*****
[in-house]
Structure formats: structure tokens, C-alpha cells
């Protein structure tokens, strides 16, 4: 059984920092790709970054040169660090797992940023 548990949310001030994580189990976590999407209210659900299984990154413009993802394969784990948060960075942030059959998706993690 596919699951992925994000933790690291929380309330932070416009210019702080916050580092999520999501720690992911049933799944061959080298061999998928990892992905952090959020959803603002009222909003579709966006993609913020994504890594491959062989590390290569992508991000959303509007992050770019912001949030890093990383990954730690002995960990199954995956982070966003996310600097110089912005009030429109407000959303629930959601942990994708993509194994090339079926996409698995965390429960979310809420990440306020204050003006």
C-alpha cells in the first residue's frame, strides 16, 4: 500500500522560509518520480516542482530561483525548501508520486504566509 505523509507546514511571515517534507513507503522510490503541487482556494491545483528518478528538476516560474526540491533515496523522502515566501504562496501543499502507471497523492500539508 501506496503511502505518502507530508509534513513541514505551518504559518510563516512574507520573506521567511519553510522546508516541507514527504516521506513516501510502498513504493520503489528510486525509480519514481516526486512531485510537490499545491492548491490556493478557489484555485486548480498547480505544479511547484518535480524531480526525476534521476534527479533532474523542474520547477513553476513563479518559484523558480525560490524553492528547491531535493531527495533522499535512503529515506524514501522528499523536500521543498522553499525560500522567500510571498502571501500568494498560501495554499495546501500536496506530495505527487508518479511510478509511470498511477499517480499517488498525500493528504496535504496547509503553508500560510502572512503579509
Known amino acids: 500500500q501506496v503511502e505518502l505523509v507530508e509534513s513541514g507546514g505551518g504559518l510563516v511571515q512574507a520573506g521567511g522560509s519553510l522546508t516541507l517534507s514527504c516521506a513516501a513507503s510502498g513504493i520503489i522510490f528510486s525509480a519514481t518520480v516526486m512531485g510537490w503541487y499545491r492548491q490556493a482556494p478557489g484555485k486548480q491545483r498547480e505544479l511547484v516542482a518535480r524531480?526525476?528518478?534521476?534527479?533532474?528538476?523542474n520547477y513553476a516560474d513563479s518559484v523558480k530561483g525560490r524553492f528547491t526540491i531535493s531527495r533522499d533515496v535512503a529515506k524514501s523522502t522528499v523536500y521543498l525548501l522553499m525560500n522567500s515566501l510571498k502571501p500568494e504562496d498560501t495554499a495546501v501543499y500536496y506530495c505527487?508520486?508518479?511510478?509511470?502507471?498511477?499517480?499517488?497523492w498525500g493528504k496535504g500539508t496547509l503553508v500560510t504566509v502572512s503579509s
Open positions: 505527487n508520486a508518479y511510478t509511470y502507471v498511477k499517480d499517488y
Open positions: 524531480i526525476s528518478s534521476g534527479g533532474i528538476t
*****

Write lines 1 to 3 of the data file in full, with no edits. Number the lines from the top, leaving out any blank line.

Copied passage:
[in-house]
Structure formats: structure tokens, C-alpha cells
């Protein structure tokens, strides 16, 4: 059984920092790709970054040169660090797992940023 548990949310001030994580189990976590999407209210659900299984990154413009993802394969784990948060960075942030059959998706993690 596919699951992925994000933790690291929380309330932070416009210019702080916050580092999520999501720690992911049933799944061959080298061999998928990892992905952090959020959803603002009222909003579709966006993609913020994504890594491959062989590390290569992508991000959303509007992050770019912001949030890093990383990954730690002995960990199954995956982070966003996310600097110089912005009030429109407000959303629930959601942990994708993509194994090339079926996409698995965390429960979310809420990440306020204050003006």